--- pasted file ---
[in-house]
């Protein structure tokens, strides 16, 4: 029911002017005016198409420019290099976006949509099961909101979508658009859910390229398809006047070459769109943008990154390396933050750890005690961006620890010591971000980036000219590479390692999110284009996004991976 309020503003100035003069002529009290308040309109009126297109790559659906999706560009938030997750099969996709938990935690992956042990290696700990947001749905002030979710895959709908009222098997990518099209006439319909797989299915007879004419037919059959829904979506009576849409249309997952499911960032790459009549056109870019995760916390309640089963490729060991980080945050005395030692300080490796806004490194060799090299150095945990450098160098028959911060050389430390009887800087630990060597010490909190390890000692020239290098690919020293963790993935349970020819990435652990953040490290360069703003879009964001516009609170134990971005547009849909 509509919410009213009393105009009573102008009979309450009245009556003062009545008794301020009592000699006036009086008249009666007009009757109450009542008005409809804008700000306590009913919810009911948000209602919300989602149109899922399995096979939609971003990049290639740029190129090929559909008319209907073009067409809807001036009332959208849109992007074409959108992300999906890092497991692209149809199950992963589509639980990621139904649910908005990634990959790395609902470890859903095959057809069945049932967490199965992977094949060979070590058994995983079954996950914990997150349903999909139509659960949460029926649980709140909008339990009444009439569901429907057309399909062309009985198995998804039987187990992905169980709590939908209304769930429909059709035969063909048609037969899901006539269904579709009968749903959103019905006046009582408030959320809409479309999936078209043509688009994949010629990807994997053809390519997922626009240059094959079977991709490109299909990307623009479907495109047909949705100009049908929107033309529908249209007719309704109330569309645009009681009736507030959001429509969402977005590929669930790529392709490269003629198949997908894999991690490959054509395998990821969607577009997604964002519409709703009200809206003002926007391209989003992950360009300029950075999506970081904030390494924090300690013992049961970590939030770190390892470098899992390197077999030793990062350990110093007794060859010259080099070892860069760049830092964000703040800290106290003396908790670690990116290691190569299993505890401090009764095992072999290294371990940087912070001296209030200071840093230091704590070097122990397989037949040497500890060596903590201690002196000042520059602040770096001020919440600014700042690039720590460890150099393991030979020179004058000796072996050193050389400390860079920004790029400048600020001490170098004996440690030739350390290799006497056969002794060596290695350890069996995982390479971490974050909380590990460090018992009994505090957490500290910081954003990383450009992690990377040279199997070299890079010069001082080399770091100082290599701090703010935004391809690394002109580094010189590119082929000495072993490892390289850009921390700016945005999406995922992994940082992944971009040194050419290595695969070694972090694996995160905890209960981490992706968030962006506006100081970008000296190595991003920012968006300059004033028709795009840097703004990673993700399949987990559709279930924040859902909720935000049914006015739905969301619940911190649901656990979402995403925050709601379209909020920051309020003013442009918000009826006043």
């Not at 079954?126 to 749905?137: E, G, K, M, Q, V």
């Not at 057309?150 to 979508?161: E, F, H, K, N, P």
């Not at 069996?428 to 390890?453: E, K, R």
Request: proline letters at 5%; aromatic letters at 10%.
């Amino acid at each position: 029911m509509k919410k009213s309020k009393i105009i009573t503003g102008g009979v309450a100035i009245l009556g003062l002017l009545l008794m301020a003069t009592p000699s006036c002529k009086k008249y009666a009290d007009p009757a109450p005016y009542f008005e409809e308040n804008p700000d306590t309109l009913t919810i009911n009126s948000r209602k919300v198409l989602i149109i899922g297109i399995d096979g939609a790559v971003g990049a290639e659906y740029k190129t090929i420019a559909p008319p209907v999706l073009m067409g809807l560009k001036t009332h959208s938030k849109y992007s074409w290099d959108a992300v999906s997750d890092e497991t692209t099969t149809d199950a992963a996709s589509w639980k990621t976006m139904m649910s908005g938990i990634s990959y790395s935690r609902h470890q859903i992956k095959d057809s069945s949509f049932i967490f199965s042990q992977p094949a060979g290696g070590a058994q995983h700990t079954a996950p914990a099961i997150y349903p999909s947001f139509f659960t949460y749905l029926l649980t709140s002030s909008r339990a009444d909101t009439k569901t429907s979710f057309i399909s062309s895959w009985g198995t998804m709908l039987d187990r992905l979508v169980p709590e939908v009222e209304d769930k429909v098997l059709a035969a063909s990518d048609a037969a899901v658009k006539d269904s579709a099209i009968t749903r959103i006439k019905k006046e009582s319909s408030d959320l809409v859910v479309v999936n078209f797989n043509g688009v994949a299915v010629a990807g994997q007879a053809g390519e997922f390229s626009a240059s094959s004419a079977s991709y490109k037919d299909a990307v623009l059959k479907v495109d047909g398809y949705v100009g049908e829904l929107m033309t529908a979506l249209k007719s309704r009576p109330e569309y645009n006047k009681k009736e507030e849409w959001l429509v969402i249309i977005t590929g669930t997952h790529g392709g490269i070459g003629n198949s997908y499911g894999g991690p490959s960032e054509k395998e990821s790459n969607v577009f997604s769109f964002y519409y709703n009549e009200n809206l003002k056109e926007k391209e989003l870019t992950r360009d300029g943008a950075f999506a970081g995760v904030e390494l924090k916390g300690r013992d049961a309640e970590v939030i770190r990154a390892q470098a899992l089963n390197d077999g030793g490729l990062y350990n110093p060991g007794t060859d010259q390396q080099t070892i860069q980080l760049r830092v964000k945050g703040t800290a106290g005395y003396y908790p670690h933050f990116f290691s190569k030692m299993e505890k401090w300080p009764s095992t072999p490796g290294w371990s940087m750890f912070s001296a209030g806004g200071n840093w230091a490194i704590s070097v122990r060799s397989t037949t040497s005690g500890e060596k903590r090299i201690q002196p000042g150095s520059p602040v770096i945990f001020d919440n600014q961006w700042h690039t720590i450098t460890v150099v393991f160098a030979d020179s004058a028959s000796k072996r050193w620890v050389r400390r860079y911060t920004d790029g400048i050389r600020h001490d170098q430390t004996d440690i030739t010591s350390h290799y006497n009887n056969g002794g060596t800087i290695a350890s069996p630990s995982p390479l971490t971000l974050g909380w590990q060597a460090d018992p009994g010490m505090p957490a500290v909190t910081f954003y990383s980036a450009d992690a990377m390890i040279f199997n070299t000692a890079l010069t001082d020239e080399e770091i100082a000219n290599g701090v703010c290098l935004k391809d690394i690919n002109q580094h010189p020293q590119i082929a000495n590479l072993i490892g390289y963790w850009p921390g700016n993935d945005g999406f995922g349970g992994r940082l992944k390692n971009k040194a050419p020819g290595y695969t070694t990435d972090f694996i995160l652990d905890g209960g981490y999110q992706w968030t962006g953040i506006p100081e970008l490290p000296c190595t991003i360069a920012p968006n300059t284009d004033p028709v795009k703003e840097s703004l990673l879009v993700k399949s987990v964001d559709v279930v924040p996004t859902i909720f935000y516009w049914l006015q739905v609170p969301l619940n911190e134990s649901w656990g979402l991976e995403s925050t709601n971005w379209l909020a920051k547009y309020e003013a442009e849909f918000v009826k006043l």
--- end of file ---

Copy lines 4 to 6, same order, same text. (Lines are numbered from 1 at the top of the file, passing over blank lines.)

């Not at 057309?150 to 979508?161: E, F, H, K, N, P």
């Not at 069996?428 to 390890?453: E, K, R």
Request: proline letters at 5%; aromatic letters at 10%.